Everything you wanted to know about deferrals
Published 23/08/2010 | 10:51
The Leaving Certificate year is an exhausting period for many students and many of them feel like taking a break from study.
Although most applicants go straight into college, the concept of a year out, or a gap year, between school and college is attractive to some.
There may be many reasons, other than post-Leaving Certificate fatigue, why students would like a break between school and college.
These could include wanting to spend a year abroad or needing to work to save some money towards the cost of going to college.
The benefits of a year out can be enormous. The practice is common among British applicants to UCAS each year, with about 7pc of those accepting places seeking deferrals until the following year.
While equivalent figures are not readily available for CAO, many Irish universities and other third-level institutions will allow students to defer accepting a place they have been offered, and the college will hold the place for them until the following year, regardless of whether or not the points go up.
CAO applicants will find all details on page five of the CAO’s handbook of a common deferral procedure which is used by those colleges which permit deferral.
Permission is not guaranteed, and is totally at the discretion of the higher education institution in question.
All Higher Education Institutes (HEI) will consider applications for deferred entry.
Dun Laoghaire Institute of Art, Design and Technology (IADT) will only grant permission under exceptional circumstances for deferred entry to any of its courses.
University College Cork (UCC) will only consider applications for deferral under exceptional circumstances in respect of its medical (both undergraduate and graduate courses), as well as dental courses (CK701,CK702, CK791), while the University of Limerick (UL) will only consider applications for deferral under exceptional circumstances to LM101 (Medicine – Graduate Entry)
Students wishing to defer accepting a place are instructed on page five of the handbook as follows:
ON RECEIPT OF OFFER NOTICE
1 Do not accept the offer in the manner shown on the Offer Notice.
2 Write immediately to the Admissions Office of the appropriate higher education institution (HEI) setting out the reason(s) for the request. Mark ‘DEFERRED ENTRY’clearly on the envelope.
3 The appropriate part of the Offer Notice must be attached to the letter, ie that part of the notice which shows the offer you wish to be deferred.
4 The letter must arrive in the Admissions Office at least two days before the ‘Reply Date’ shown on the offer notice.
The HEI will communicate the decision to the applicant. If the deferral is not granted, you may still accept the offer for the current year.
All communications about deferrals must go to Admissions Offices and not to CAO.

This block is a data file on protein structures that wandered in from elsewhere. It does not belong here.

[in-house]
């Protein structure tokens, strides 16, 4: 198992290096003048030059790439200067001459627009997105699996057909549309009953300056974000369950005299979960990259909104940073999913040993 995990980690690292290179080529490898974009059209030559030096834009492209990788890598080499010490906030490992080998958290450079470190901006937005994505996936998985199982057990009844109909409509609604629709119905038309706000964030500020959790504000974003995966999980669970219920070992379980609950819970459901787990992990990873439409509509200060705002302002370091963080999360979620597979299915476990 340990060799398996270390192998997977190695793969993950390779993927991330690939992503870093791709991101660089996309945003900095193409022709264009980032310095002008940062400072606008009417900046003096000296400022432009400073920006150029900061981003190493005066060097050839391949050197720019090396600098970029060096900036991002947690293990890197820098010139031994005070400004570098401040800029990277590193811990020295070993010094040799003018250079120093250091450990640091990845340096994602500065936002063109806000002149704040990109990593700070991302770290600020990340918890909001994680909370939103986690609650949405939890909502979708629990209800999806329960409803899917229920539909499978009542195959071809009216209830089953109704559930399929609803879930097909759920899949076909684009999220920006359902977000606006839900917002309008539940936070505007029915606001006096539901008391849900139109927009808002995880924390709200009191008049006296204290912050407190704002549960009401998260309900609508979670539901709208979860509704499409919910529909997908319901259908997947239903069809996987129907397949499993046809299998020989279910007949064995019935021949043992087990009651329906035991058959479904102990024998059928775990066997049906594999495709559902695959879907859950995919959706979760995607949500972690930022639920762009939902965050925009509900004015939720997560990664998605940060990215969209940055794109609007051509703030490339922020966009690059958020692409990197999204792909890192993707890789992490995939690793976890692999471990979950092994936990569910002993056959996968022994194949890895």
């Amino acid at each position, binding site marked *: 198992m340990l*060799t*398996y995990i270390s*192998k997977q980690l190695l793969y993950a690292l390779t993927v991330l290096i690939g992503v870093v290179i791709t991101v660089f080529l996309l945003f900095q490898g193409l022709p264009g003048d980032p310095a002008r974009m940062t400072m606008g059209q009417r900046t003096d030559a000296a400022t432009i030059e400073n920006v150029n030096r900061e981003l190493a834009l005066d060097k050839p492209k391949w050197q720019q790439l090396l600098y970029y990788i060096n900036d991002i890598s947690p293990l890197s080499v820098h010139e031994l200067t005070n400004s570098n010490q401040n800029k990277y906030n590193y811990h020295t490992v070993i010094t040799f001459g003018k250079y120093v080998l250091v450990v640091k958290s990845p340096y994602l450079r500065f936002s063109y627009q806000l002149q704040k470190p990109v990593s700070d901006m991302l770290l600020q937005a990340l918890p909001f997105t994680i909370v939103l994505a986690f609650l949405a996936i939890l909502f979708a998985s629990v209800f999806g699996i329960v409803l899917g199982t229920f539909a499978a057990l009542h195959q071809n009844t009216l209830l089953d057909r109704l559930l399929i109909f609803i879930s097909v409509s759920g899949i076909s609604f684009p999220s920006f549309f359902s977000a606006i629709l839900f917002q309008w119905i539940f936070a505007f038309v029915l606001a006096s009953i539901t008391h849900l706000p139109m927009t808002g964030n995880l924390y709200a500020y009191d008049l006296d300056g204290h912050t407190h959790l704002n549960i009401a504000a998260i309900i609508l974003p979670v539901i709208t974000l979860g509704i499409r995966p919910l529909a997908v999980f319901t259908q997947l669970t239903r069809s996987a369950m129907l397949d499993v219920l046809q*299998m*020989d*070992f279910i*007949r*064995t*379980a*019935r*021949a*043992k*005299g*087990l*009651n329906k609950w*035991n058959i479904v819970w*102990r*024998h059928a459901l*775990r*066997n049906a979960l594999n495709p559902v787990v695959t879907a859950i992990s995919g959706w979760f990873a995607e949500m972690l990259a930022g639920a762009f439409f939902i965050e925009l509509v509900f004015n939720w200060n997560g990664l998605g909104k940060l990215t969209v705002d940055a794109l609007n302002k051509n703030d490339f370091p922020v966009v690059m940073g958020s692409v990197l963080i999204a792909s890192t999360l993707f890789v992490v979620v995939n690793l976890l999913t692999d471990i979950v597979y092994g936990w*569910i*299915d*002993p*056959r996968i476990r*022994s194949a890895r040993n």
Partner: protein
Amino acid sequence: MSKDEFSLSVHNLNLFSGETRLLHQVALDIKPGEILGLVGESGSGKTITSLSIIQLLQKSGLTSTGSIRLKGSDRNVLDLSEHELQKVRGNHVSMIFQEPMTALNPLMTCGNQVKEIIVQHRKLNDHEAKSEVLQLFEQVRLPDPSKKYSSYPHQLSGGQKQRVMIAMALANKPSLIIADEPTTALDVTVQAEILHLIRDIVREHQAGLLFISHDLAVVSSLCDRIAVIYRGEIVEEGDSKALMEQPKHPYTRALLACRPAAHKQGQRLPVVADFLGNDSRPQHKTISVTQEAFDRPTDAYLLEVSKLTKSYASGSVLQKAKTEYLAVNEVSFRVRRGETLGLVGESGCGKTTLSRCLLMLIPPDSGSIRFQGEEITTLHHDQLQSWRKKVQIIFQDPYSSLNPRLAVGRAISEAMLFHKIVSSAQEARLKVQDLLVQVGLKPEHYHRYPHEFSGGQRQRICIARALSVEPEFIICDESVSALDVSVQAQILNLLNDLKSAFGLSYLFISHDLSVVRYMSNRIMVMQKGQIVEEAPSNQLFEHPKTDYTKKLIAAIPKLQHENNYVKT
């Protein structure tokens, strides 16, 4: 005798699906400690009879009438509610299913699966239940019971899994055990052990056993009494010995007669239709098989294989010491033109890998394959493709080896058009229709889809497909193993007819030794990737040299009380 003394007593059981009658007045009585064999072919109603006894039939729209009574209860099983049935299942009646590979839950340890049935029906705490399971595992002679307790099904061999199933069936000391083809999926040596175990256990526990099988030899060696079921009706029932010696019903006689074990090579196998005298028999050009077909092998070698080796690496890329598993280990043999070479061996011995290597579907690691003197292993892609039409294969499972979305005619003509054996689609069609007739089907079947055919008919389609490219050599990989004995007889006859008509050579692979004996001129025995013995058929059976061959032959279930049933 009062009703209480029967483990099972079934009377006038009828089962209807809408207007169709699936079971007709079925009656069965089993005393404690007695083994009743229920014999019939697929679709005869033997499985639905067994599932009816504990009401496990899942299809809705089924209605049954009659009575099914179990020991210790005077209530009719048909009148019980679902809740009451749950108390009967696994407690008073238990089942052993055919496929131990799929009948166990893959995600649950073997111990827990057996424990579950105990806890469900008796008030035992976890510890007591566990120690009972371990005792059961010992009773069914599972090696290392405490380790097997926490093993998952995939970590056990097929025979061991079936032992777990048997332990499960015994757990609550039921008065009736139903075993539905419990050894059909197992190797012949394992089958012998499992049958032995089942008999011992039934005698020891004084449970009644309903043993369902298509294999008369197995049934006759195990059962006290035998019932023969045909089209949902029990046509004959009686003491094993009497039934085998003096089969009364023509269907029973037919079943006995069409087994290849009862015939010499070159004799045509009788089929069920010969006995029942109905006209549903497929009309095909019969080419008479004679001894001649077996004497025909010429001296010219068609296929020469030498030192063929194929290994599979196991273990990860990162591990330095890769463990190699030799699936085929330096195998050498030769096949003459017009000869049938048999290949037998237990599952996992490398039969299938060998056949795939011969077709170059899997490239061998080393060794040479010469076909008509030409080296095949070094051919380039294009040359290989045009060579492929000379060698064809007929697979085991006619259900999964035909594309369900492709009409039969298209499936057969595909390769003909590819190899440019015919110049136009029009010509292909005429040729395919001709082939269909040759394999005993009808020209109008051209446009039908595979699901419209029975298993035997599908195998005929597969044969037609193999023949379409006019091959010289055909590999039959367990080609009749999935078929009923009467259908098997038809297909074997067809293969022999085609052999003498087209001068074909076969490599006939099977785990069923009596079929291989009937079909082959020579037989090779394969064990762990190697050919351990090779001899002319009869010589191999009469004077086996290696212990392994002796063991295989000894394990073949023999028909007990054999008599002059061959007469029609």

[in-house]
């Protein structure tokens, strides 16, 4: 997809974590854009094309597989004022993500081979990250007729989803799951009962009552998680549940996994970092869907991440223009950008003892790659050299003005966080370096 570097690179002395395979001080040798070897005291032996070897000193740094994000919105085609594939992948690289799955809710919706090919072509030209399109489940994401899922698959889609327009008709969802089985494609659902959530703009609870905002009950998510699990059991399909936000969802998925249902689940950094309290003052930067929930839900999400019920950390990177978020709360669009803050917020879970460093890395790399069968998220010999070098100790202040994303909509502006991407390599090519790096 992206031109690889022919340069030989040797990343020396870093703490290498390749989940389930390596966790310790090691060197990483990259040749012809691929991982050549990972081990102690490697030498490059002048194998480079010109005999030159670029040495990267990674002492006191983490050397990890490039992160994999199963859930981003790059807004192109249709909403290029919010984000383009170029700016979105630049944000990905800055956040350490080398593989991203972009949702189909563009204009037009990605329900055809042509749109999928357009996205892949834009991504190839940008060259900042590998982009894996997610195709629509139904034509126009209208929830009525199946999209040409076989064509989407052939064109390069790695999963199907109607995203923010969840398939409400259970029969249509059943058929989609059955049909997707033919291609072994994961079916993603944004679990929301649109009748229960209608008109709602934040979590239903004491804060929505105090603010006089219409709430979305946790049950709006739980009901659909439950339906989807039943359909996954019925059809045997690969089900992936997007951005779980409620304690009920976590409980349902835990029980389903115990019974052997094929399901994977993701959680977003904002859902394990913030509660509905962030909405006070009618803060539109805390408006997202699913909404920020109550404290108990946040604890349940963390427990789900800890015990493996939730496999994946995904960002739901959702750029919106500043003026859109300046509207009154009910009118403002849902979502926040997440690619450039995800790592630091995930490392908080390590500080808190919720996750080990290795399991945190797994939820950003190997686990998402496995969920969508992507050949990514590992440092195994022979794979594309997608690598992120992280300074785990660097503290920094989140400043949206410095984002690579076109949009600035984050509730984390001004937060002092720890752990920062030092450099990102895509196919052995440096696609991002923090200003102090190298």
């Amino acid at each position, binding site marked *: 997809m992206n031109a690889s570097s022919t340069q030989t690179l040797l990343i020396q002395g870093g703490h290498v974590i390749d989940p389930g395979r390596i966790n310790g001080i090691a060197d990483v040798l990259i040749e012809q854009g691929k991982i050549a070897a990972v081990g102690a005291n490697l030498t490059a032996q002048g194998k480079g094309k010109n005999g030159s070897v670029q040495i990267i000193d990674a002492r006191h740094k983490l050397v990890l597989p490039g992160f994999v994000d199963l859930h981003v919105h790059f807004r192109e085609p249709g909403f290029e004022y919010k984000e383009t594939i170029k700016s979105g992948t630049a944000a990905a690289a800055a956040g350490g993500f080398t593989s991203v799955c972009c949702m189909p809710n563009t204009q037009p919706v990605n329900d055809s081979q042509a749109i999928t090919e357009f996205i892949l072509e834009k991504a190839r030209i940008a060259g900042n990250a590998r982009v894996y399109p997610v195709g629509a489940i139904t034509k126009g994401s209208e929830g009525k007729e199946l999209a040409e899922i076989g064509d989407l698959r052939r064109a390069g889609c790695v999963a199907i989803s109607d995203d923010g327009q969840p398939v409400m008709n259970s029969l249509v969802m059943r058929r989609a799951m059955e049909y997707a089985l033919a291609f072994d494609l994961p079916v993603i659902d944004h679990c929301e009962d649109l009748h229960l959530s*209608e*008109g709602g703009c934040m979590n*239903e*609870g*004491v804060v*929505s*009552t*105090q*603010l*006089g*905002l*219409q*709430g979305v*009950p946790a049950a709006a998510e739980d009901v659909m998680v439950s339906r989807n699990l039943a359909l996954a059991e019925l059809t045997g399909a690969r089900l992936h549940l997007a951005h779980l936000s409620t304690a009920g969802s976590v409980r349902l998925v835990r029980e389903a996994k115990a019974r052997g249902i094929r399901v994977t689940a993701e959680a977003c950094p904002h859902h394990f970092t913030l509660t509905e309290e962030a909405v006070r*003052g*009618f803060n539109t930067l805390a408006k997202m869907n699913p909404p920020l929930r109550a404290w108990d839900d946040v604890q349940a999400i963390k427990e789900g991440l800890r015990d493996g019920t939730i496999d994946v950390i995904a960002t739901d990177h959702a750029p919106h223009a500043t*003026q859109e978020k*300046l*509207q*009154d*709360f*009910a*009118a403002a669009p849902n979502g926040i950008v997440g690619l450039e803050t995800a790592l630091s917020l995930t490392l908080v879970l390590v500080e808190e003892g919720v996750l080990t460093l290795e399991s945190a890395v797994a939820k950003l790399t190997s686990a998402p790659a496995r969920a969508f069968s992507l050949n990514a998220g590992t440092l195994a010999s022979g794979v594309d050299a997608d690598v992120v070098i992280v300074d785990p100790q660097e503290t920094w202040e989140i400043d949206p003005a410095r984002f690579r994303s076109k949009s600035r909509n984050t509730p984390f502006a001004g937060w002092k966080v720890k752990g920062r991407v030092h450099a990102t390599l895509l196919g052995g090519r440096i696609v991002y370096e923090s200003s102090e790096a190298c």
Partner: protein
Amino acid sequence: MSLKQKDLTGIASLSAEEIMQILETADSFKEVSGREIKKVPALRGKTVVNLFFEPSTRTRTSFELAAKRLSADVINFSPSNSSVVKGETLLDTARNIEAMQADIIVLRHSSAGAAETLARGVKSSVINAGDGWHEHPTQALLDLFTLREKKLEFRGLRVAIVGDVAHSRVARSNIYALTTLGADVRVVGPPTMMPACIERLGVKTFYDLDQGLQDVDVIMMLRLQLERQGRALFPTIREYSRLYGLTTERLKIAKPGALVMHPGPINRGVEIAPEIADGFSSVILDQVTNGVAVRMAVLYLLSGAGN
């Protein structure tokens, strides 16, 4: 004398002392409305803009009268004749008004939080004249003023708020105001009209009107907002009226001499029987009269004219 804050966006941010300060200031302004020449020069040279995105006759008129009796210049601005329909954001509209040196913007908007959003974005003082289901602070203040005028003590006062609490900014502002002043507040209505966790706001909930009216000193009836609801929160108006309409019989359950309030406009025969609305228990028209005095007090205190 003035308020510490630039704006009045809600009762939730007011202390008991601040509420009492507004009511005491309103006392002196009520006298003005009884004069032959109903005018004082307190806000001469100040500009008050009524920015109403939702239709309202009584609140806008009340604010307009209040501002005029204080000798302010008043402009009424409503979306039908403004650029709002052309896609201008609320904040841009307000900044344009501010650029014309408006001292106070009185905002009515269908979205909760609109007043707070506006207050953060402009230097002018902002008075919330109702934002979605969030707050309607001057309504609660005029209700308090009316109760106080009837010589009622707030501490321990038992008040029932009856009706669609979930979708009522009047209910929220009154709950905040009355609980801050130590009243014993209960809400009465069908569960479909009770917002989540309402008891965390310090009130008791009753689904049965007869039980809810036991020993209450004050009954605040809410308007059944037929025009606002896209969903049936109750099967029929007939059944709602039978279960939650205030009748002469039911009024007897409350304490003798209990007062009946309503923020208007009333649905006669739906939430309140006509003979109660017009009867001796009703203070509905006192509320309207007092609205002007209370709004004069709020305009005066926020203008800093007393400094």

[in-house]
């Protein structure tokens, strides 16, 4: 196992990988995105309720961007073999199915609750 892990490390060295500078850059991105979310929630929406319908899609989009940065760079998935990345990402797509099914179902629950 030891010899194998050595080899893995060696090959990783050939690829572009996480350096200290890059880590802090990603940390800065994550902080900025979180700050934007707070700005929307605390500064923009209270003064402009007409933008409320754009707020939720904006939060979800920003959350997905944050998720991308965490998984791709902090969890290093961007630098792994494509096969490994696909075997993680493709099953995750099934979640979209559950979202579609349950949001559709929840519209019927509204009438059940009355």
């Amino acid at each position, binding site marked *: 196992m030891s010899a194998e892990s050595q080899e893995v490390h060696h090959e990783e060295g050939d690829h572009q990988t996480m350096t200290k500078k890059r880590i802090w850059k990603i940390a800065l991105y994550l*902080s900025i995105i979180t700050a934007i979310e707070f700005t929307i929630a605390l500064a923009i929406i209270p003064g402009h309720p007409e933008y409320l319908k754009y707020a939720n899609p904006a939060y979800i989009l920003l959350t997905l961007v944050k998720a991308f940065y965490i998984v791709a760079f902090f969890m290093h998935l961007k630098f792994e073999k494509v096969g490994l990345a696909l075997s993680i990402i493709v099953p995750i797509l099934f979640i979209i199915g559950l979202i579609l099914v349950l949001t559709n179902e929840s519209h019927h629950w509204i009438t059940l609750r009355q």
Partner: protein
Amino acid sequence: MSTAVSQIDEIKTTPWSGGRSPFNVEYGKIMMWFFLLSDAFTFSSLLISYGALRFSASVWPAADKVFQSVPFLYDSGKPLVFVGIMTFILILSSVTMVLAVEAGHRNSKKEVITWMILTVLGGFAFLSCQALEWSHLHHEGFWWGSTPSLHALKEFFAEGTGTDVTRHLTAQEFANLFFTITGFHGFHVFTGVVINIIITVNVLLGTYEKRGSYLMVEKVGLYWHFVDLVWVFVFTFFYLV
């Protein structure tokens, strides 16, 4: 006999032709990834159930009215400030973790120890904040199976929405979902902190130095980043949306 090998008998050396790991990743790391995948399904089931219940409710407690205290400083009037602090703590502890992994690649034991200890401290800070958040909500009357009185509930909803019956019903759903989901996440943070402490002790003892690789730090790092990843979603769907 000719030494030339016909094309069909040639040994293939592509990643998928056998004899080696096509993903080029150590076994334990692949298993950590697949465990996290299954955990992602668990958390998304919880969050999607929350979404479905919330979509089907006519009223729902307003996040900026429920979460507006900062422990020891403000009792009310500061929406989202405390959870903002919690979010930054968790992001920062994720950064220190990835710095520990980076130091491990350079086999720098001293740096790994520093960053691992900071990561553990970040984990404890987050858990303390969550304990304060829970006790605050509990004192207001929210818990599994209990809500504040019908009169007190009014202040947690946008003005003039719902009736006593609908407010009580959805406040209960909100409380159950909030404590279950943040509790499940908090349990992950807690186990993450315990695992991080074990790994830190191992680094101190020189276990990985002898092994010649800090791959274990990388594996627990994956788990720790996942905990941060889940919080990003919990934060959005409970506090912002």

In order to take up the deferred place, the applicant must reapply through the CAO in the succeeding year, paying the appropriate application fee, and placing the deferred course as the only preference on the application form.
When reapplying the following year you must fully complete an application.
In other words, you must include again any documentation, if any were needed, which you provided with the original application.
This is an extremely important point, and failure to comply with it has got deferring applicants into difficulty in previous years.
If students apply for and are given permission to defer accepting a place, they will still be offered any higher preference courses to which they are entitled in any later round this year.
They will be free to accept any higher preference offer, or to seek permission to defer accepting that offer, if they want to.
If you accept a later offer, the deferred place lapses, just as any later round acceptance cancels and supersedes an earlier acceptance.
It is not possible to accept one offer and to seek permission to defer another place on another course just in case you do not like the course you are on.
A deferral is a postponed acceptance so, generally speaking, a college will not allow students to defer a place in one college, and take up another college place in the same year.
Some colleges are not sympathetic to deferral if the applicant plans to repeat the Leaving Certificate.
There is usually no problem, however, with taking a place on a Post Leaving Certificate course (PLC) during a deferral year because a PLC course is not allocated through the CAO system, and is regarded as further education rather than as higher education.
Remember the points you gain in any year are like a currency which remains valuable into the future. A student may apply to college for years to come on the basis of the points they gained in the year of their Leaving Certificate.